Mutual fund managers have been predicting and hoping for a pick up in the growth arena for more than a year now, and finally, in 2005, growth funds are beating value, and fund managers are arguing that this new trend will continue well into 2006, according to Business Week Online."Our bet right now is on growth stocks," says Gina Sanchez, manager of the American Century Investments' Strategic Asset Allocation Funds.
Investors, who have focused on growth in previous years, have a long way to go when it comes to making up for all the years of losses. On the other hand, those who have a well-diversified portfolio, mixing growth, value, small-cap and large-cap, should not be complaining because the average U.S diversified fund rose by 7.7% this year, which is higher than the 5.7% return for the S&P 500-stock index through Dec. 9.
Managers forecast that among growth funds, larger companies will be in the spotlight in 2006, following years of smaller companies outperforming larger ones. The reason is because many large companies have gotten their finances under control in the past few years.
With growing interest rates, smaller companies are losing momentum.
"At some point, higher interest rates will hurt smaller firms that are more prone to higher funding costs," said Robert Stimpson, co-manager of the Rock Oak Core Growth Fund
Growth fund managers have really been eyeing technology stocks, which have done a complete turnaround since the stock market crash in 2000.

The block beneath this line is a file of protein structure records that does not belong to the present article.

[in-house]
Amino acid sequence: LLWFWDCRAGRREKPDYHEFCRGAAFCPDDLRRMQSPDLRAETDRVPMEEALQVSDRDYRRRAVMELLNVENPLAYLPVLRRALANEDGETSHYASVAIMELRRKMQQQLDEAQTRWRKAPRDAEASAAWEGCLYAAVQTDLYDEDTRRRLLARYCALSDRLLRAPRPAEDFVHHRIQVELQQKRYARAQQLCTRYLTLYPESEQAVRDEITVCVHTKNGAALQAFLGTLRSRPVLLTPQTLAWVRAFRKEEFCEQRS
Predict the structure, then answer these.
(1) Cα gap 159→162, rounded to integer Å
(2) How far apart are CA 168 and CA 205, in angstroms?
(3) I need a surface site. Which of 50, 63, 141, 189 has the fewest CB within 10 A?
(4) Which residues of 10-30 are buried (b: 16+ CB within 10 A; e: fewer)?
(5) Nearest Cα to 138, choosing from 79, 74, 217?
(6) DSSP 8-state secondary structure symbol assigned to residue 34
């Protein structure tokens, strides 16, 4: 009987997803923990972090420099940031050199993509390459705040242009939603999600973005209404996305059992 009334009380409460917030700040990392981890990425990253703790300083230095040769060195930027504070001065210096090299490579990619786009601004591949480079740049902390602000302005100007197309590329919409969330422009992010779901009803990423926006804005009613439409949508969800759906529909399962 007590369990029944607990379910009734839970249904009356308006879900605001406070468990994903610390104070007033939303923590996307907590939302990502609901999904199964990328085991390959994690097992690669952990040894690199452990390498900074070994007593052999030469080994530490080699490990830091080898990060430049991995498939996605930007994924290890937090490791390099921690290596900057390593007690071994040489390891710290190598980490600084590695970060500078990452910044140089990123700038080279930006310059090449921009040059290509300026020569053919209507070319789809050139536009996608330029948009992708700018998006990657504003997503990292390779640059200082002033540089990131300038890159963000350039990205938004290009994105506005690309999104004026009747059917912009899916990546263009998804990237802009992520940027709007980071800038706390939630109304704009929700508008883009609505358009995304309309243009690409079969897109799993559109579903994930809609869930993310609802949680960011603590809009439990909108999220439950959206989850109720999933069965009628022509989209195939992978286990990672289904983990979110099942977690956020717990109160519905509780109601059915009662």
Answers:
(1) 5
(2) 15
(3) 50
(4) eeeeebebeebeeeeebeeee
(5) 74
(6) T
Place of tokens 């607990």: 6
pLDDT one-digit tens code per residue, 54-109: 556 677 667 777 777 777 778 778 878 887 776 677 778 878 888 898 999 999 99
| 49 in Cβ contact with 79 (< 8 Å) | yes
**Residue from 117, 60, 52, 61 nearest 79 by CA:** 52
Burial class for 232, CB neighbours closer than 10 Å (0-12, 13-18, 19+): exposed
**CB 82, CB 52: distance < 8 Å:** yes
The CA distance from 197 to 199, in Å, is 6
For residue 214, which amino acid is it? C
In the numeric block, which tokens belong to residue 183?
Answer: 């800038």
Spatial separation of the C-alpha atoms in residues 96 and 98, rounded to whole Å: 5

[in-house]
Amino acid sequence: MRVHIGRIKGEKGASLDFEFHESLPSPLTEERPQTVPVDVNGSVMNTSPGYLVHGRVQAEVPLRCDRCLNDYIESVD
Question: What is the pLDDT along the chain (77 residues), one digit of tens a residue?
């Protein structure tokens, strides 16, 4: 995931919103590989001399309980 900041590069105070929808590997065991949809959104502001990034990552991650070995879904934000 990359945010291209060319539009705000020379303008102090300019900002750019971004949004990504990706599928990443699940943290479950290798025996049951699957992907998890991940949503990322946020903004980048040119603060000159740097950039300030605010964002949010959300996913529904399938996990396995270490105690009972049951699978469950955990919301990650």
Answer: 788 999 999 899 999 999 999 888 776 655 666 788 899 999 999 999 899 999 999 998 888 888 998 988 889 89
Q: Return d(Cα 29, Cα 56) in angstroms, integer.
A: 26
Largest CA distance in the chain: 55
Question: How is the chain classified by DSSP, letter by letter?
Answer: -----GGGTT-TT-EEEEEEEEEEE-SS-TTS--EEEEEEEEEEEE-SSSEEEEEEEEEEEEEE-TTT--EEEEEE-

"For the first time in quite a while, we are on the verge of a decent cycle in [information technology] spending," says Scott Schoelzel, manager of the Janus Twenty and Janus Forty funds.
Managers have been eying software releases, semiconductor companies and blue chip devices have been looking appealing to managers.
"When you look at all of the hot new products, including iPods and cell phones, all of them are using applications that require chips," John Wallace, portfolio manager of the RS MidCap Opportunities Fund, says.
High energy prices are creating some opportunity, like the coal business, which is up because natural gas is very expensive.
The staff of Money Management Executive ("MME") has prepared these capsule summaries based on reports published by the news sources to which they are attributed. Those news sources are not associated with MME, and have not prepared, sponsored, endorsed, or approved these summaries.